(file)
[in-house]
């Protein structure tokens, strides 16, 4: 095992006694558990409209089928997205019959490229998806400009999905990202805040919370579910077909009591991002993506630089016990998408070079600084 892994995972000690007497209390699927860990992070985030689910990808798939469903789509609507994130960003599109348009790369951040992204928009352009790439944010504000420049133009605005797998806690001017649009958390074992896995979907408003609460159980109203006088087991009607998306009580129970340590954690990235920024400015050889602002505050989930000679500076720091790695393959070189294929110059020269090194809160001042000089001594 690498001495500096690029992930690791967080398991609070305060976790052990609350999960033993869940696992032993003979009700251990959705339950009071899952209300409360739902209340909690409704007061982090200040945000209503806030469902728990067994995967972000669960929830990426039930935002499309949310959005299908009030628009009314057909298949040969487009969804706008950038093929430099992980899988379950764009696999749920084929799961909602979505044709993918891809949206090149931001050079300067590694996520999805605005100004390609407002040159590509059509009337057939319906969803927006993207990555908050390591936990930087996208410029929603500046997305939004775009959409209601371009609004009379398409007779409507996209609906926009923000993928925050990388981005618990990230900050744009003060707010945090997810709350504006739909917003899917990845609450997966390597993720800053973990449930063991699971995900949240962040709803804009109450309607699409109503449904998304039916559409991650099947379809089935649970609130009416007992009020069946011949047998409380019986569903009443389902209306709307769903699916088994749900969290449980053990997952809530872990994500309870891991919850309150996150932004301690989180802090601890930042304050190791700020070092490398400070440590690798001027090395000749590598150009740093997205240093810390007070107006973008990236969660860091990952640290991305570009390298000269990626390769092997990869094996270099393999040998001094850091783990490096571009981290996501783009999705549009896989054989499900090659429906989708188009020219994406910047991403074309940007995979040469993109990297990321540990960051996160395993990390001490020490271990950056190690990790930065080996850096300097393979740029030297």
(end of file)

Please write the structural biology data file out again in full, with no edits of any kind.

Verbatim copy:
[in-house]
């Protein structure tokens, strides 16, 4: 095992006694558990409209089928997205019959490229998806400009999905990202805040919370579910077909009591991002993506630089016990998408070079600084 892994995972000690007497209390699927860990992070985030689910990808798939469903789509609507994130960003599109348009790369951040992204928009352009790439944010504000420049133009605005797998806690001017649009958390074992896995979907408003609460159980109203006088087991009607998306009580129970340590954690990235920024400015050889602002505050989930000679500076720091790695393959070189294929110059020269090194809160001042000089001594 690498001495500096690029992930690791967080398991609070305060976790052990609350999960033993869940696992032993003979009700251990959705339950009071899952209300409360739902209340909690409704007061982090200040945000209503806030469902728990067994995967972000669960929830990426039930935002499309949310959005299908009030628009009314057909298949040969487009969804706008950038093929430099992980899988379950764009696999749920084929799961909602979505044709993918891809949206090149931001050079300067590694996520999805605005100004390609407002040159590509059509009337057939319906969803927006993207990555908050390591936990930087996208410029929603500046997305939004775009959409209601371009609004009379398409007779409507996209609906926009923000993928925050990388981005618990990230900050744009003060707010945090997810709350504006739909917003899917990845609450997966390597993720800053973990449930063991699971995900949240962040709803804009109450309607699409109503449904998304039916559409991650099947379809089935649970609130009416007992009020069946011949047998409380019986569903009443389902209306709307769903699916088994749900969290449980053990997952809530872990994500309870891991919850309150996150932004301690989180802090601890930042304050190791700020070092490398400070440590690798001027090395000749590598150009740093997205240093810390007070107006973008990236969660860091990952640290991305570009390298000269990626390769092997990869094996270099393999040998001094850091783990490096571009981290996501783009999705549009896989054989499900090659429906989708188009020219994406910047991403074309940007995979040469993109990297990321540990960051996160395993990390001490020490271990950056190690990790930065080996850096300097393979740029030297």